Eagle. Such a majestic bird of prey, and a fitting name for a vehicle of worthy credentials. Unfortunately, Chrysler’s Eagle brand was from start to finish a struggling disaster, more fitting of the brand name “Albatross” rather than Eagle, given its burden and general annoyance to the parent Chrysler Corporation.
Born out of the remnants of AMC, Eagle will go down as one of the most peculiar and questionable American brands of all time, as a peddler of an array of vehicles coming from the original American Motors, Renault, Mitsubishi, and Chrysler. Eagle was a brand that no one every really knew what to make of, and as a result, a brand that never found a footing in the American market. While its more memorable later vehicles came via Chrysler and Mitsubishi, its earliest efforts spoke with more of a French accent, á la Renault.
One of those such vehicles was the Medallion, a virtual clone of the midsize Renault 21 which was introduced as a 1986 model in Europe. Brought up to North American specification, the French-produced Renault Medallion sedan and wagon officially debuted in North America in the fall of 1986 as a 1987 model.
Had Renault stayed in the North American market, the Medallion would have been bookended by the Alliance/Encore (and their eventual successor) and the upcoming Premier, giving Renault a competitive compact-midsize-fullsize lineup of cars to sell alongside Jeep and possibly other AMC-badged cars. This is where things get fuzzy, but of course Renault was likely already planning its exit before the Medallion was even released.
Renault’s sale of American Motors to Chrysler was made official in March of 1987, a sale also marking the end of Renault’s active investment in the North American market. Yet sales of the Medallion continued as part of the terms of the agreement, which stipulated that Chrysler continue distribution of the French-built Medallion and upcoming Canadian-built Premier.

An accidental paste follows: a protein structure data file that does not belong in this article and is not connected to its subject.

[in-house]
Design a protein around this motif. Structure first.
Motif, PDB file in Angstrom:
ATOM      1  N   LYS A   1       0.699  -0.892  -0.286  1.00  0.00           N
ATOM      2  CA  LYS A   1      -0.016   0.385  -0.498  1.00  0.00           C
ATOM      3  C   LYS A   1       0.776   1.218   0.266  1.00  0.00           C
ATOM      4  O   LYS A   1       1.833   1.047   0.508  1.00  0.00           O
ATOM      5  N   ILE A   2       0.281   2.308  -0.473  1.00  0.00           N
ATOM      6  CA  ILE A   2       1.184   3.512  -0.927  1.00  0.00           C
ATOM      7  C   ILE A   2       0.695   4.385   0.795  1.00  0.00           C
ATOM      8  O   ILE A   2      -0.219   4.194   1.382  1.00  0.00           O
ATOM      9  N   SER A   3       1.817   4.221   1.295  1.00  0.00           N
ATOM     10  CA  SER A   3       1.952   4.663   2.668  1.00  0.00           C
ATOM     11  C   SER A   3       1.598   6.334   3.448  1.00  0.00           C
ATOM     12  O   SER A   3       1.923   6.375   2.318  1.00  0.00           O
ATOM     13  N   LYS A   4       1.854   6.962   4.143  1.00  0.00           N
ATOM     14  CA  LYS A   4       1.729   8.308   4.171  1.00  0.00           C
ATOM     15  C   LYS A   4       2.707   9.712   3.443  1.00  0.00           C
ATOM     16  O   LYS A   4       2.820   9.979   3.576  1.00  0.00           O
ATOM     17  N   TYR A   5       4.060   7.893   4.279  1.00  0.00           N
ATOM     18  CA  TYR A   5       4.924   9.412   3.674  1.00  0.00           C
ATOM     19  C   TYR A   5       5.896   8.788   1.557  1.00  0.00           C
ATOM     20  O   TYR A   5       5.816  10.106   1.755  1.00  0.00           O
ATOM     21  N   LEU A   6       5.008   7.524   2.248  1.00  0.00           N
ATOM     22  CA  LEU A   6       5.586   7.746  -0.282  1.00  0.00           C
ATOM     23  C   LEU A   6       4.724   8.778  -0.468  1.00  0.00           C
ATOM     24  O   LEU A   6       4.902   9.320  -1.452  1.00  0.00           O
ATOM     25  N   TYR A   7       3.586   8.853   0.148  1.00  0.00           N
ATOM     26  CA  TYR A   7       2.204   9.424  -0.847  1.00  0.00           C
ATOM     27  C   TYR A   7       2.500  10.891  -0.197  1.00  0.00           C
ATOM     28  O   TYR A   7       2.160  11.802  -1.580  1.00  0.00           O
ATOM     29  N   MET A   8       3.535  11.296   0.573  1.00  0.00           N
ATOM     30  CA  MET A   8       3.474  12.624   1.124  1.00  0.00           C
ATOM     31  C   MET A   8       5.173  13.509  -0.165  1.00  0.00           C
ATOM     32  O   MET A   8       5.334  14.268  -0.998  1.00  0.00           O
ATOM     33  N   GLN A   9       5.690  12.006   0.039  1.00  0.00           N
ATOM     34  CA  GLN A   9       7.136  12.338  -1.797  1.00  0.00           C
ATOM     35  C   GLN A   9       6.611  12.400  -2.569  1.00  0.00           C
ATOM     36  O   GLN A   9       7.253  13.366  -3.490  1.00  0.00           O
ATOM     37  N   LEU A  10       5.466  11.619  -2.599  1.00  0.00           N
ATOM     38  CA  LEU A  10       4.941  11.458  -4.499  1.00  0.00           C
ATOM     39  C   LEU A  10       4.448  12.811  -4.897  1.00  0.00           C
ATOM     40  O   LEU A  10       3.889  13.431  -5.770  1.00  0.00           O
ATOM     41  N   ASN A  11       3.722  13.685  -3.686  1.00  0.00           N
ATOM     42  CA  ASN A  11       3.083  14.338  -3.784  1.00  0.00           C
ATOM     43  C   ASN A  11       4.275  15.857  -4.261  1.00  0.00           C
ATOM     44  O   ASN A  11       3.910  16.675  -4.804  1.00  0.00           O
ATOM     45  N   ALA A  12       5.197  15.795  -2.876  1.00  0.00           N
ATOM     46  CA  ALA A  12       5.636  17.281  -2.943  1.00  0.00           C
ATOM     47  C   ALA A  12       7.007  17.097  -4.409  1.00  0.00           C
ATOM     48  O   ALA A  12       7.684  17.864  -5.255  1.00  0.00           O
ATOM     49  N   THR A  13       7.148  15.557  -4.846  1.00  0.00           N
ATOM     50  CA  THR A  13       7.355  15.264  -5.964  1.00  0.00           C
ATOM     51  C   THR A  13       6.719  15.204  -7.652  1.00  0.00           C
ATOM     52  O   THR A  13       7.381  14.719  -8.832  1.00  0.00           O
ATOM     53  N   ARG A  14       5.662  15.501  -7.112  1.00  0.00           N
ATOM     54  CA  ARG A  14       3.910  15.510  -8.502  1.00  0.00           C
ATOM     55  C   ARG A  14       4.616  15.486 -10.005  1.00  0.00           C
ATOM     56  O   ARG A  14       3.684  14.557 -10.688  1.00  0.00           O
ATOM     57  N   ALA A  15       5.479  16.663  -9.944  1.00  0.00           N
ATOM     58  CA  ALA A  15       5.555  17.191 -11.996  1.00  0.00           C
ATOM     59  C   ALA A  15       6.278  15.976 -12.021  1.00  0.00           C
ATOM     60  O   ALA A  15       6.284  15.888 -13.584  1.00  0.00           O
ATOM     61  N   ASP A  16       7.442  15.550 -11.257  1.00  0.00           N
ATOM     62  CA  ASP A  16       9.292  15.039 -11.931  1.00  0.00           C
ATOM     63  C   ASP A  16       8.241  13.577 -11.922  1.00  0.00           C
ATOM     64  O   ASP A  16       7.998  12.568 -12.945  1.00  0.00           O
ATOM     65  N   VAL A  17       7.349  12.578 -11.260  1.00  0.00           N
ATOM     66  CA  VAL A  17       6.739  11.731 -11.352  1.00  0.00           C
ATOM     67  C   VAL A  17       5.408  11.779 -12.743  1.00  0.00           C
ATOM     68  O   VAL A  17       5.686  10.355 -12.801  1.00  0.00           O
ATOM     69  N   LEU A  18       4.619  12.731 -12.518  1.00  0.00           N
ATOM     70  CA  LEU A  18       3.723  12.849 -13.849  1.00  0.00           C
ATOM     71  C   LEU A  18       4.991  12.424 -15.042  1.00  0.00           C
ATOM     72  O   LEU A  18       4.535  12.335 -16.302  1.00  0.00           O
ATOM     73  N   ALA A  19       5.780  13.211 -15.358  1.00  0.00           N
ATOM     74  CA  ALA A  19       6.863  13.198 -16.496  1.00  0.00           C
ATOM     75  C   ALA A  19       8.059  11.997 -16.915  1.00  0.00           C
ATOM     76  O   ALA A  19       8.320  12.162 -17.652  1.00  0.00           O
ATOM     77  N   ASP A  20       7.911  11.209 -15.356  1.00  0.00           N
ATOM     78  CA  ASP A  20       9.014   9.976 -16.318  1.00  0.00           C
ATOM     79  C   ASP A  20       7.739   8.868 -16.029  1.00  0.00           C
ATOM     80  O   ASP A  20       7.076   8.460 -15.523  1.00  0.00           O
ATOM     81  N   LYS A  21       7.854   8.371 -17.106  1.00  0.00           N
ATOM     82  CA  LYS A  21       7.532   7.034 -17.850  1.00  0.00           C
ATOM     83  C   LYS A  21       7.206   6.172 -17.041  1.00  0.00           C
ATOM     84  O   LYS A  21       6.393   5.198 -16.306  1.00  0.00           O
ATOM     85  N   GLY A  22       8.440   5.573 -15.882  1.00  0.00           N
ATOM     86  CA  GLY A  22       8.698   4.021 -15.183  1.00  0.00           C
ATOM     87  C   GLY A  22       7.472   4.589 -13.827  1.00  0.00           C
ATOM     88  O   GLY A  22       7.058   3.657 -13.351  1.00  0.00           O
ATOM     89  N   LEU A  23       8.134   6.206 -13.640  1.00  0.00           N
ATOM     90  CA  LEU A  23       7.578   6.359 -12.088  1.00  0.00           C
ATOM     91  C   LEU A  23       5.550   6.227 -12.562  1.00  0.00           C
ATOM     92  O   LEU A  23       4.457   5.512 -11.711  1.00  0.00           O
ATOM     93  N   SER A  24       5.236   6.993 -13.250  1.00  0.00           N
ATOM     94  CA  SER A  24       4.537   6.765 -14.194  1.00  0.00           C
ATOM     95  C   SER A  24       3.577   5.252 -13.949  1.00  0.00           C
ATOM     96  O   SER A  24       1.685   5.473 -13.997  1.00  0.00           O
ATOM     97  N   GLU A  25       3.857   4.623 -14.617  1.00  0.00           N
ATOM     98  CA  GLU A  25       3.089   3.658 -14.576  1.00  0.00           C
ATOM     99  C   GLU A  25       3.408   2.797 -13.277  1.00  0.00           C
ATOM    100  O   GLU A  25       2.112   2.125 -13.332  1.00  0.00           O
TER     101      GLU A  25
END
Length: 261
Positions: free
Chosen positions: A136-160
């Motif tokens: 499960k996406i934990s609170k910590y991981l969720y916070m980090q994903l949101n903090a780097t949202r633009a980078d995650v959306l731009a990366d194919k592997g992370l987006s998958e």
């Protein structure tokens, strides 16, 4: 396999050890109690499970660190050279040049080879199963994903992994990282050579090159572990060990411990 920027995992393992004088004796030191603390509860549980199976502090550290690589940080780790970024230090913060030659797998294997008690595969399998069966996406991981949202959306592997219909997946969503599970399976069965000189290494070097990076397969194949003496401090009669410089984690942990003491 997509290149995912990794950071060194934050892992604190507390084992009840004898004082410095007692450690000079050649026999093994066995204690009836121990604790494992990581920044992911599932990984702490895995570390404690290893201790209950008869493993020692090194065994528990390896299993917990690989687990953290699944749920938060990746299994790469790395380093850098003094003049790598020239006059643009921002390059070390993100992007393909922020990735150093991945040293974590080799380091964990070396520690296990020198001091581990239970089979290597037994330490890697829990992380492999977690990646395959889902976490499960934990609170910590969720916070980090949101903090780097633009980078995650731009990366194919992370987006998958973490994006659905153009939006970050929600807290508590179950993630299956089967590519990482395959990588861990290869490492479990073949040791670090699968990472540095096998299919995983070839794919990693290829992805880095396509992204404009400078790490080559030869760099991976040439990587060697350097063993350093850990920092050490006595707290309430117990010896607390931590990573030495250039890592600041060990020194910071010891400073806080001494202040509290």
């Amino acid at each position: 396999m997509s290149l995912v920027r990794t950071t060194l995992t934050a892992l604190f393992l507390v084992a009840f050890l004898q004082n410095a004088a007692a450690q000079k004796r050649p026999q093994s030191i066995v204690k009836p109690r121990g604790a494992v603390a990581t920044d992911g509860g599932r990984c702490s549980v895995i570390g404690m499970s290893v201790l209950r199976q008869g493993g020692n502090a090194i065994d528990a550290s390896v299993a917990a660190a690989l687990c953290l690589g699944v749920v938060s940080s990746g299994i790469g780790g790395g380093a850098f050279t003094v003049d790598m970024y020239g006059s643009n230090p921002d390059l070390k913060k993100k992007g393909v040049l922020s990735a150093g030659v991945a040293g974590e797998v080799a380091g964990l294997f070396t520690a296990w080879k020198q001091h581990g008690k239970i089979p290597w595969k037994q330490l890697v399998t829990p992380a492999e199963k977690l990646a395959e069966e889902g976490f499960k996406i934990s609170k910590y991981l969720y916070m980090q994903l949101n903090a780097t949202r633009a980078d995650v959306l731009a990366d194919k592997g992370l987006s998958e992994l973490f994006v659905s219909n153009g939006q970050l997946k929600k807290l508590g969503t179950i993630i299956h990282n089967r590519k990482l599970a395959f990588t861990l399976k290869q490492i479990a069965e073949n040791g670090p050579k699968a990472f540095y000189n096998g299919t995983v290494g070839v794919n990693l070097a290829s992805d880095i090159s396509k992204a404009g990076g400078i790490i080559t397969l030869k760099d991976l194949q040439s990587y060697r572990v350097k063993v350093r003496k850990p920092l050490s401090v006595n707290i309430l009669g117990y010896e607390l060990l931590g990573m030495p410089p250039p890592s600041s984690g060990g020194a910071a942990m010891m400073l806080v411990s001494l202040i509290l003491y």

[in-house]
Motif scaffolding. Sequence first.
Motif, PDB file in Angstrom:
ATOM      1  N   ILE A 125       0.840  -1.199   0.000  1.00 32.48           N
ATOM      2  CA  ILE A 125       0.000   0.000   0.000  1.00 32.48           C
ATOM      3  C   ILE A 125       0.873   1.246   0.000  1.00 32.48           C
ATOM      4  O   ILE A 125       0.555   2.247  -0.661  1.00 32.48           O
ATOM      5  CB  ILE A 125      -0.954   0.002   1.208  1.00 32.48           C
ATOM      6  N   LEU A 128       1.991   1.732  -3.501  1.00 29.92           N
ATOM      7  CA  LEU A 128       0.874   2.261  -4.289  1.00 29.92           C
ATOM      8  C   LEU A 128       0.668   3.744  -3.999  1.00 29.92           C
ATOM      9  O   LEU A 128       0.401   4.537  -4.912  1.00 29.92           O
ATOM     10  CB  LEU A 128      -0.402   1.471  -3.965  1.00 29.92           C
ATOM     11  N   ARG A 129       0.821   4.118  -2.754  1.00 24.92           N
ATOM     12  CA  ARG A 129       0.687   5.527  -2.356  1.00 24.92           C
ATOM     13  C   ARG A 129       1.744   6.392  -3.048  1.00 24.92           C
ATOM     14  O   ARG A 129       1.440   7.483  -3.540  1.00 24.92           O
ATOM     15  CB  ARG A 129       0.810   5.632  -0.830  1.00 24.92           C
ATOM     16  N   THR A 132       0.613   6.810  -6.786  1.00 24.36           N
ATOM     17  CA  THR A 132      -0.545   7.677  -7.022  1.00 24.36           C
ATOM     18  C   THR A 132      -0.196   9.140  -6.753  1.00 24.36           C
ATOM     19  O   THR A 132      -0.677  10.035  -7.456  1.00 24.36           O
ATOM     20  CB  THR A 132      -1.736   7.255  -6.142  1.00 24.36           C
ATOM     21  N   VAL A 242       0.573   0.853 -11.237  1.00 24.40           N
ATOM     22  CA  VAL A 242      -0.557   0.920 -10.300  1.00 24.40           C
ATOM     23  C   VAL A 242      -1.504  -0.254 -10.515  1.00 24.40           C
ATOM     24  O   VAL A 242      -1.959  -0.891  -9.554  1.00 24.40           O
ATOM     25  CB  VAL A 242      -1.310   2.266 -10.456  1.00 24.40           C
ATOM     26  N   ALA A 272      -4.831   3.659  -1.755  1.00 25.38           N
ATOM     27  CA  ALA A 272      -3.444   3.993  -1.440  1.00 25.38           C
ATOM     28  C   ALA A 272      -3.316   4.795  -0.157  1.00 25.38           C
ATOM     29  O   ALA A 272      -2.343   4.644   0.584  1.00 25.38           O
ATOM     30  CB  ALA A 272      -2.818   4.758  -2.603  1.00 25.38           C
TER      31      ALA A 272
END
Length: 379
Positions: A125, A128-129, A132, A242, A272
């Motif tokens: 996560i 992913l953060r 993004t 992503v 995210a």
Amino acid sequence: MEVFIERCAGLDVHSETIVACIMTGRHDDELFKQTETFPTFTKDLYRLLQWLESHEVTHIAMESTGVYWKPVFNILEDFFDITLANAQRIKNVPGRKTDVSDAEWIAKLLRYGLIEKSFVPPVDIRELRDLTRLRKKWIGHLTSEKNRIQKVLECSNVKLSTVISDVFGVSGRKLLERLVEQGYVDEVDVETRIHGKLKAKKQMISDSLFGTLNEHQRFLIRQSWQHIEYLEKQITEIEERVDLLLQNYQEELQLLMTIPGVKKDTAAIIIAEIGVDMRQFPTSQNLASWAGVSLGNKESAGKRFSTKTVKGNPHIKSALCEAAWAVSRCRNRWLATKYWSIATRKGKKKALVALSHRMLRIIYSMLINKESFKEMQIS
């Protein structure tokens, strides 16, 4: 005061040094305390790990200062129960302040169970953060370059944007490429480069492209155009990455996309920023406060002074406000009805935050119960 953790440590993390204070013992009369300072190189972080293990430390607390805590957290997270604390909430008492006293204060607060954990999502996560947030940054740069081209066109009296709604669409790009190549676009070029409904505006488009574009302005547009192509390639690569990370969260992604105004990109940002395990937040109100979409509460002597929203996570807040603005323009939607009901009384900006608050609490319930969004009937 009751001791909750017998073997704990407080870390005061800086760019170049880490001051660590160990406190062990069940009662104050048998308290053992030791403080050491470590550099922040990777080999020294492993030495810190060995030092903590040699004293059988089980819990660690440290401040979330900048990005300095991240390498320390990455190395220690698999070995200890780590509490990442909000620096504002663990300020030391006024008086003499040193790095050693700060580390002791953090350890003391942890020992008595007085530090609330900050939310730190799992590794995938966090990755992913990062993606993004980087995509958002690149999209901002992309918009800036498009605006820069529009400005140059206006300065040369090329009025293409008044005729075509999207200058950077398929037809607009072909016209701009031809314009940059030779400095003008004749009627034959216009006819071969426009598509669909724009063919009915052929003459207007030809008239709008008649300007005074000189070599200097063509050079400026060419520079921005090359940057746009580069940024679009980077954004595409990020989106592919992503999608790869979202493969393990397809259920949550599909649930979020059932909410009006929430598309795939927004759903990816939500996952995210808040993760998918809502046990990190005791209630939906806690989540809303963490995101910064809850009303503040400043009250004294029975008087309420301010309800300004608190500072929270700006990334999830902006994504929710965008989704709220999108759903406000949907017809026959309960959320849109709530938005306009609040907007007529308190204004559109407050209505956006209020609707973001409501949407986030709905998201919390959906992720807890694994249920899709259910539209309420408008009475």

The Medallion and Premier would be sold alongside the existing Jeep lineup through the approximately 1,200 AMC-Jeep-Renault dealers in the U.S. and Canada that Chrysler had inherited, with all other existing AMC and Renault models being phased out over the 1987-1988 model years. Initially keeping the fruits of the AMC purchase separate from other Chrysler operations, inevitably a new brand was needed to sell these cars under.
Thus, the Eagle brand was created, taking its name from the final AMC-branded vehicle. The remnants of AMC officially became the Jeep-Eagle division of Chrysler in August 1987, after 1988 Renault Medallions had gone into production, resulting in 1988 model year Medallions badged as both Renaults and Eagles.
With the Premier, Chrysler was contractually obligated to purchase a lofty 260,000 of its 3.0L Peugeot-Renault-Volvo V6s over a period of five years from Renault, or else pay a fine on every undelivered engine. Therefore, Chrysler was more or less held to producing and selling 260,000 units of the Premier over this five year period. Ultimately, only around 139,000 Premiers and its even less successful rebadged Dodge Monaco were produced.
It appears Chrysler was held to less stringent quotas with the Medallion, if there were even such any, for the automaker halted imports of the vehicle after a limited run of 1989 models. In many ways, this was really quite a shame, as the Medallion a very good car, and could have been a great car had Chrysler devoted a single ounce of attention to it.
As aforementioned, the Medallion was more or less a European-market Renault 21 with a few American-market styling, trim, safety, and equipment changes. Stylistically-speaking, the Medallion was an attractive design in the latest “aero” fashion, sporting a sloped nose with flush composite headlights and grille, flared front wheel arches, contoured body sides, bright bodyside moldings, aircraft-style doors, rakish roofline, and French-style semi-skirted rear wheels. The Medallion sedan also featured a high rear deck, full-width taillights, and well-integrated U.S.-spec bumpers.
Likewise, the Medallion’s interior was one of both functional and contemporary design. Ergonomics and efficiency of space were key attributes, with logically-placed controls, full analogue instrumentation, Renault’s pedestal-mounted front seat tracks, and an unobtrusive front center console. The Medallion’s quality of interior finishes and overall design was easily a step above American and most Japanese competitors, with color-keyed plastics, upholstered door panels, and standard velour upholstery.